#1
Nov1412, 11:57 PM

P: 62

1. The problem statement, all variables and given/known data
Suppose [itex]N \lhd G [/itex] and [itex]K \vartriangleleft G[/itex] and [itex]N \cap K = \{e\}[/itex]. Show that if [itex]n \in N [/itex]and [itex]k \in K[/itex], then [itex]nk = kn[/itex]. Hint: [itex]nk = kn[/itex] if and only if [itex]nkn^{1}k^{1} = e[/itex]. 2. Relevant equations These "relevant equations" were not provided with the problem I'm just putting them here to make my solution more clear. [itex]e=k_1^{1}k_1[/itex] [itex]e=n_1^{1}n_1[/itex] 3. The attempt at a solution Let [itex]n_1,n_2\in N[/itex] and let [itex]k_1,k_2\in K[/itex] Then [itex](n_1)(k_1)(n_2)(k_2)=(n_1)(k_1)(n_2)e(k_2)=n_1(k_1n_2k_1^{1})(k1k2)=n1NK=NK[/itex] But [itex](n_1)(k_1)(n_2)(k_2)=(n_1)(k_1)e(n_2)(k_2)=(n_1k_1n_1^{1})(n_1n_2)k_2=KNk_2=Kk_2N=KN[/itex] where we used the fact that in this case, [itex]k_2 \notin N[/itex]. Therefore [itex]NK=KN[/itex] for all [itex]n\in N[/itex] and [itex]k\in K[/itex] This seems correct to me but I didn't use the hint and my usage of [itex]N \cap K = \{e\}[/itex] seems a little hand wavey. Please help. 



#2
Nov1512, 12:07 AM

Sci Advisor
HW Helper
PF Gold
P: 2,933

I didn't follow your proof. I think you are confusing things by using two elements from each subgroup. You only need the elements given in the problem statement: [itex]n \in N[/itex] and [itex]k \in K[/itex]. Now consider the element [itex]nkn^{1}k^{1}[/itex]. The goal is to show that this equals [itex]e[/itex]. One promising way to do this would be to show that it is an element of [itex]N \cap K[/itex].




#3
Nov1512, 12:35 AM

P: 62

OK, I'll try your method next since I would like to know how to use the hint since the teacher is obviously trying to convey something he deems important. However, I modified my original method slightly and I think it works now. If someone has the time please tell if it does or how it doesn't work.
Let [itex]n_1,n_2\in N[/itex] and let [itex]k_1,k_2\in K[/itex] Then [itex]{\bf (n_1)(k_1)(n_2)(k_2)}=(n_1)(k_1)(n_2)e(k_2)=n_1(k_1n_2k_1^{1})(k1k2)=n1NK=NK[/itex] But [itex] {\bf (n_1)(k_1)(n_2)(k_2)}=(n_1)(k_1)e(n_2)(k_2)=(n_1k_1n_1^{1})(n_1n_2)k_2=KNk_2=Kk_2N=KN[/itex] Where we used the facts that [itex]Nk_2=k_2N[/itex], [itex]n_1N=N[/itex] and [itex]Kk_2=K[/itex]. Therefore [itex]NK=KN[/itex] for all [itex]n\in N[/itex] and [itex]k\in K[/itex] 



#4
Nov1512, 12:49 AM

Sci Advisor
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PF Gold
P: 2,933

Abstract Algebra HW[tex]n_1 k_1 n_2 k_2 = NK[/tex] The left hand side is an element, but the right hand side is a group. How can an element equal a group? 



#5
Nov1512, 01:01 AM

P: 62

Here is my modification that I hope fixes it. Let [itex]n_1,n_2\in N[/itex] and let [itex]k_1,k_2\in K[/itex] Then [itex]{\bf (n_1)(k_1)(n_2)(k_2)}=(n_1)(k_1)(n_2)e(k_2)=n_1(k_1n_2k_1^{1})(k_1k_2)=n_1nk=nk[/itex] But [itex] {\bf (n_1)(k_1)(n_2)(k_2)}=(n_1)(k_1)e(n_2)(k_2)=(n_1k_1n_1^{1})(n_1n_2)k_2=knk_2=kk_2n=kn[/itex] I guess the flaw now is that we can't assume that [itex]nk_2=k_2n[/itex]. Well I'll just use your method cause this probably won't work.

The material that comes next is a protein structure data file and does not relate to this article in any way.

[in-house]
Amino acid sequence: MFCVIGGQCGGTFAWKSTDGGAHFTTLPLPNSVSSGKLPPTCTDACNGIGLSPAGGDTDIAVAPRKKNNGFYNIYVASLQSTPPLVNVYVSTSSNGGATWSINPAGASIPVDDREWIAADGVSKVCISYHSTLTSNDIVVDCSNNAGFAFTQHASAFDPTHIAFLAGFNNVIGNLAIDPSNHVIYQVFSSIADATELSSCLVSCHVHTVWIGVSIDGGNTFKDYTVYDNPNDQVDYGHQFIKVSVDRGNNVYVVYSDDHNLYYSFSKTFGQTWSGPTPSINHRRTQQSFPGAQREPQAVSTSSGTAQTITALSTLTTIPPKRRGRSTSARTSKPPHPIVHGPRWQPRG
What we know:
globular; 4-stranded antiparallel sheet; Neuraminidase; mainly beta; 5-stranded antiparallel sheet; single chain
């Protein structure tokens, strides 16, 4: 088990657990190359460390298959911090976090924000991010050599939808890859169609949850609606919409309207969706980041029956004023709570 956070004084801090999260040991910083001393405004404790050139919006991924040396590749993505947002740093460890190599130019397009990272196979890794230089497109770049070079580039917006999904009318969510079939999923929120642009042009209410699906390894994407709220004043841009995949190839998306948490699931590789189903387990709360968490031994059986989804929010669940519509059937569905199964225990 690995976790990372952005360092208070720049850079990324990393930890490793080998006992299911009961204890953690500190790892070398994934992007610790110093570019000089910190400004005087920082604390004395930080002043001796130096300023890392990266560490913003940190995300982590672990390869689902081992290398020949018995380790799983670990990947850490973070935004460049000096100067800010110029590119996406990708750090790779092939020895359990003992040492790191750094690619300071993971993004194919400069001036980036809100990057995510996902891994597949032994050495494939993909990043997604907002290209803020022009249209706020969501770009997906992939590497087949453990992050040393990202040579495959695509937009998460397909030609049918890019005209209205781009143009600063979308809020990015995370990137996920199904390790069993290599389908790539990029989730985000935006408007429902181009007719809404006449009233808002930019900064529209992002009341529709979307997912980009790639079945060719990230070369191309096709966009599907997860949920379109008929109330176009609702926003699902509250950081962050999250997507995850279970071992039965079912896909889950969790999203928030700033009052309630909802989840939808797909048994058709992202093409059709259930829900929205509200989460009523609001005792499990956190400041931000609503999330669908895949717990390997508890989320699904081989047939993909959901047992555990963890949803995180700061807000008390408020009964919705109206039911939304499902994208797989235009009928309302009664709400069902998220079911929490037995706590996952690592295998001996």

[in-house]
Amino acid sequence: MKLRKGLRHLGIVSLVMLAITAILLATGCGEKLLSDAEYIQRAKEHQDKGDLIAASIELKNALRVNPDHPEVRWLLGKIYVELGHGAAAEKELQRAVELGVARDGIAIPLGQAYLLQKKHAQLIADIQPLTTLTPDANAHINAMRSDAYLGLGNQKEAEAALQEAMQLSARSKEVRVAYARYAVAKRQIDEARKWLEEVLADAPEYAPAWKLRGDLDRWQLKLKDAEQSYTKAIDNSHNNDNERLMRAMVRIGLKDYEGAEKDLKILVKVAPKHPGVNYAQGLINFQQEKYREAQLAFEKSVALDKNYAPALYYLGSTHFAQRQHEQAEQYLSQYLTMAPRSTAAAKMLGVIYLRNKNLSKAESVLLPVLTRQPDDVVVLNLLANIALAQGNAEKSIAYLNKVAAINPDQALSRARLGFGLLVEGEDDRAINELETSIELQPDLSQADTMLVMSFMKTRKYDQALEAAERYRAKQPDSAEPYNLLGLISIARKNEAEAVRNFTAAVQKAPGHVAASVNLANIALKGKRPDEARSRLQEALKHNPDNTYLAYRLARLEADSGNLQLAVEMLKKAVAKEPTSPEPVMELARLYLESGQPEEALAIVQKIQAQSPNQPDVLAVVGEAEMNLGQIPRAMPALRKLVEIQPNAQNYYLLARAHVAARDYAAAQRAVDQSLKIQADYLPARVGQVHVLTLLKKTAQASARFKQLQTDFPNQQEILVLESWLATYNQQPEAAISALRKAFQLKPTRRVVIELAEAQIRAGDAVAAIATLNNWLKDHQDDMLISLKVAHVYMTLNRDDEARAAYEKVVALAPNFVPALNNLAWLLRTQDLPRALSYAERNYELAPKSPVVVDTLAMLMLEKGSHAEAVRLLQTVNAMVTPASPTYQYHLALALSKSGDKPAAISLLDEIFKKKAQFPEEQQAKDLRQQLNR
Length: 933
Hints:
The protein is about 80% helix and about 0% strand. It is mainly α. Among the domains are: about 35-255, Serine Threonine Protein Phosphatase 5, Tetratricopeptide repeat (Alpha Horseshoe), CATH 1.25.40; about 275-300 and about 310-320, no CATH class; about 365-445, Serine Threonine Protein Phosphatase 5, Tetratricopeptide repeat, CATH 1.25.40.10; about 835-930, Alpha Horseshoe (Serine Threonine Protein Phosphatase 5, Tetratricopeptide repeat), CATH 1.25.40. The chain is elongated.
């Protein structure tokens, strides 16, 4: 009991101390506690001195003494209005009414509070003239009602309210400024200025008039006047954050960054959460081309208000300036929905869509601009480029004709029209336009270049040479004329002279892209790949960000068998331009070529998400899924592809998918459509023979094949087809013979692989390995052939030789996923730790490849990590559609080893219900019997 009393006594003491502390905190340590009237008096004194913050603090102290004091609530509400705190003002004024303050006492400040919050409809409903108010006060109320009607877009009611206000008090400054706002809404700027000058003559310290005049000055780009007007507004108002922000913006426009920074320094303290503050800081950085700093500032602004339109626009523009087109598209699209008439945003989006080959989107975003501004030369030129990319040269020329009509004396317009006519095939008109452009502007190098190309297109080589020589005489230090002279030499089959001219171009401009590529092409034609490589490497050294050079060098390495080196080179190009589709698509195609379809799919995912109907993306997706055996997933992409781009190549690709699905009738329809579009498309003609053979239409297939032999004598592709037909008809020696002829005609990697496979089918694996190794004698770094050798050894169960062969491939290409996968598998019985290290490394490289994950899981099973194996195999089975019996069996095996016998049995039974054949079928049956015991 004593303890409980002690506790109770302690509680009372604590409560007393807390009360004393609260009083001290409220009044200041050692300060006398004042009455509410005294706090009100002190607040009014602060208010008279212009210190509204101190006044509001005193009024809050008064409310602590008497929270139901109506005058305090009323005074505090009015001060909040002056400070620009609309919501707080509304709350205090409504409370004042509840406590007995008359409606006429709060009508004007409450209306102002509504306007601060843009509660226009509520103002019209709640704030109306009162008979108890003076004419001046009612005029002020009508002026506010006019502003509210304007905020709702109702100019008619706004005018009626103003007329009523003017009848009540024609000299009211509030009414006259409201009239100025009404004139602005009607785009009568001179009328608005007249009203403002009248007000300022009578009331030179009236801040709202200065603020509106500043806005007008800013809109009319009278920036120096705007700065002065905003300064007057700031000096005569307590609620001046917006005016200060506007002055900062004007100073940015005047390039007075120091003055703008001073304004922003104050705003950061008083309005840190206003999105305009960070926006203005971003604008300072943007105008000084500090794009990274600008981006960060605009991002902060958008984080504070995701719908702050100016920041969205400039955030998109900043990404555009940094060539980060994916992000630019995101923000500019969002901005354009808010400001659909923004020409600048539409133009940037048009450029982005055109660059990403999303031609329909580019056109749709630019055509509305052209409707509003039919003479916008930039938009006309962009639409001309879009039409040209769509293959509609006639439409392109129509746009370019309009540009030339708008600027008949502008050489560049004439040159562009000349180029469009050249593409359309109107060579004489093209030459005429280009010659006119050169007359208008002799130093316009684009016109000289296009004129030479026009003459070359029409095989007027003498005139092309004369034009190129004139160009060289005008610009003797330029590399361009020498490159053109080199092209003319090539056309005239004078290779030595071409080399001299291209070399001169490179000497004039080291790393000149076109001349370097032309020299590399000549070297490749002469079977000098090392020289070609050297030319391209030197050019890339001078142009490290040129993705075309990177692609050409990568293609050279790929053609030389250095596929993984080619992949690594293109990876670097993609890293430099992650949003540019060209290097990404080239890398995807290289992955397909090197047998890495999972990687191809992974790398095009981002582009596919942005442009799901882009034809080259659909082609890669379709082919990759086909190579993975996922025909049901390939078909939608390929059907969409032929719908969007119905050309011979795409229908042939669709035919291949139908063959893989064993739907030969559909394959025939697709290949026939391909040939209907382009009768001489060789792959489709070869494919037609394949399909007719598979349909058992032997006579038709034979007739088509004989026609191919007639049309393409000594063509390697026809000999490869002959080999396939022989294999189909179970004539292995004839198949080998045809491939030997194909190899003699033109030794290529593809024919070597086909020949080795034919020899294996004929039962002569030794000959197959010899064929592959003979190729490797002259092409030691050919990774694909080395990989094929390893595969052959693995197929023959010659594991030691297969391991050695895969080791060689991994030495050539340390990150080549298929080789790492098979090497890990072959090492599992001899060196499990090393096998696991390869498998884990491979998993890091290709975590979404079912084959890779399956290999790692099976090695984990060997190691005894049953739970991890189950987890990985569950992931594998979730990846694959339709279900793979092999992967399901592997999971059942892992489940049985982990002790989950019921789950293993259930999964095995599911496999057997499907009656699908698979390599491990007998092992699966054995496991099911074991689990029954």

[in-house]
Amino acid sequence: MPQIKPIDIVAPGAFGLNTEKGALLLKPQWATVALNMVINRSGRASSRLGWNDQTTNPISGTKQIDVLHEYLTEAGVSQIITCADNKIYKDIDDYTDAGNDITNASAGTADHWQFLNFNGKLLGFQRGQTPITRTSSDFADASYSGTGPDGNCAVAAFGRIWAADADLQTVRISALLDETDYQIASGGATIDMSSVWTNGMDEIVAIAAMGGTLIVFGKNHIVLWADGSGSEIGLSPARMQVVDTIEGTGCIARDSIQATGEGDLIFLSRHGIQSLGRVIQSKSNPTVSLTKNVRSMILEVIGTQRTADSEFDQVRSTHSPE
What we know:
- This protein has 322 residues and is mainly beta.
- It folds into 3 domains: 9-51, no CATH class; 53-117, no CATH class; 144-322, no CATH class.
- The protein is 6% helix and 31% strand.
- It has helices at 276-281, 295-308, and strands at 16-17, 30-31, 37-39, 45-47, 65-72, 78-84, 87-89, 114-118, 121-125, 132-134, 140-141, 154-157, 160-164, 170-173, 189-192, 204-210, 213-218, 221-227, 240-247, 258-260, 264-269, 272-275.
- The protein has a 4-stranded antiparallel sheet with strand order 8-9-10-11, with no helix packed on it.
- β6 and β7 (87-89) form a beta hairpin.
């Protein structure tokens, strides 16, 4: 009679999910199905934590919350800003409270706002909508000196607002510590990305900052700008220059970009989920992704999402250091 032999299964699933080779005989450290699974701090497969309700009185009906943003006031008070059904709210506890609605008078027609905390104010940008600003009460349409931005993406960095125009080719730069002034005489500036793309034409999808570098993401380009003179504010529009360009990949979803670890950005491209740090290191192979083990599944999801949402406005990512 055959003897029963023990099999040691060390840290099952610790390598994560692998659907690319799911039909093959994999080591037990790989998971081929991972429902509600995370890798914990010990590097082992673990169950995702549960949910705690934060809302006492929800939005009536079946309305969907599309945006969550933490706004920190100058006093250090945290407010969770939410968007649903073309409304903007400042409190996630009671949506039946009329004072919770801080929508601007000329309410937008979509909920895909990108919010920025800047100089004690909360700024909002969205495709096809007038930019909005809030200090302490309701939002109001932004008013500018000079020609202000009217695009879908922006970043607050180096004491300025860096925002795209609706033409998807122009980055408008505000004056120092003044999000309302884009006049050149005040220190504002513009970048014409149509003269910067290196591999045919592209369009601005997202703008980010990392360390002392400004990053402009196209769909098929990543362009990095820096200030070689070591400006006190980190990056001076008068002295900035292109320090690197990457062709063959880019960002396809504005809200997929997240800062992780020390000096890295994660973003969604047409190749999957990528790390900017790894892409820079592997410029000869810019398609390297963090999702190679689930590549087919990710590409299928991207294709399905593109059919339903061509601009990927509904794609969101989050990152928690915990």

#6
Nov1512, 01:09 AM

Sci Advisor
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PF Gold
P: 2,933

OK, this is better. But the problem is that the n and k in this equation:




#7
Nov1512, 01:25 AM

P: 62

I guess since the intersection of n and k is {e} for both of my n's of N and k's of K then intuitively nk=e and nk=e which implies nkn^1k^1=e and I'm done. I just need to formalize that idea.




#8
Nov1512, 01:59 AM

Sci Advisor
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PF Gold
P: 2,933





#9
Nov1512, 06:52 AM

Math
Emeritus
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Thanks
PF Gold
P: 38,904

Where have you used the fact that N and K are normal subgroups of G?




#10
Nov1512, 12:12 PM

P: 62

OK, let me try to make it a little more precise.
Since [itex]N[/itex] is normal in [itex]G[/itex], any element [itex]k\in K[/itex] which also happens to be in [itex]G[/itex] since [itex]K[/itex] is a subgroup (the fact that K is normal isn't important until the next step) of [itex]G[/itex] we get [itex]knk^{1}=n \implies nk=kn[/itex] for all [itex]n \in N[/itex]. Since [itex]K[/itex] is normal in [itex]G[/itex], any element [itex]n\in N[/itex] which also happens to be in [itex]G[/itex] since [itex]N[/itex] is a subgroup (the fact that N is normal is only important in the last step) of [itex]G[/itex] we get [itex]nkn^{1}=k \implies kn=nk[/itex] for all [itex]k \in K[/itex]. However, the intersection of N and K can only be {e} therefore [itex]nk=e=kn \implies nkn^{1}k^{1}=en^{1}k^{1}=ee=e[/itex]. Furthermore [itex](nkn^{1})k^{1} \in K[/itex] and [itex]n(kn^{1}k^{1}) \in N[/itex] Am I done? It seems like there should be a more concise way to say it regardless. 



#11
Nov1512, 12:31 PM

P: 62

Wait wait I get it now....
If [itex](nkn^{1})k^{1} \in K[/itex] and [itex]n(kn^{1}k^{1}) \in N[/itex] where we have used the fact that N ad K are normal in G then [itex](nkn^{1})k^{1}=e[/itex] and [itex](nkn^{1})k^{1}=e \implies nk=kn[/itex] Took me a while but I got it. 


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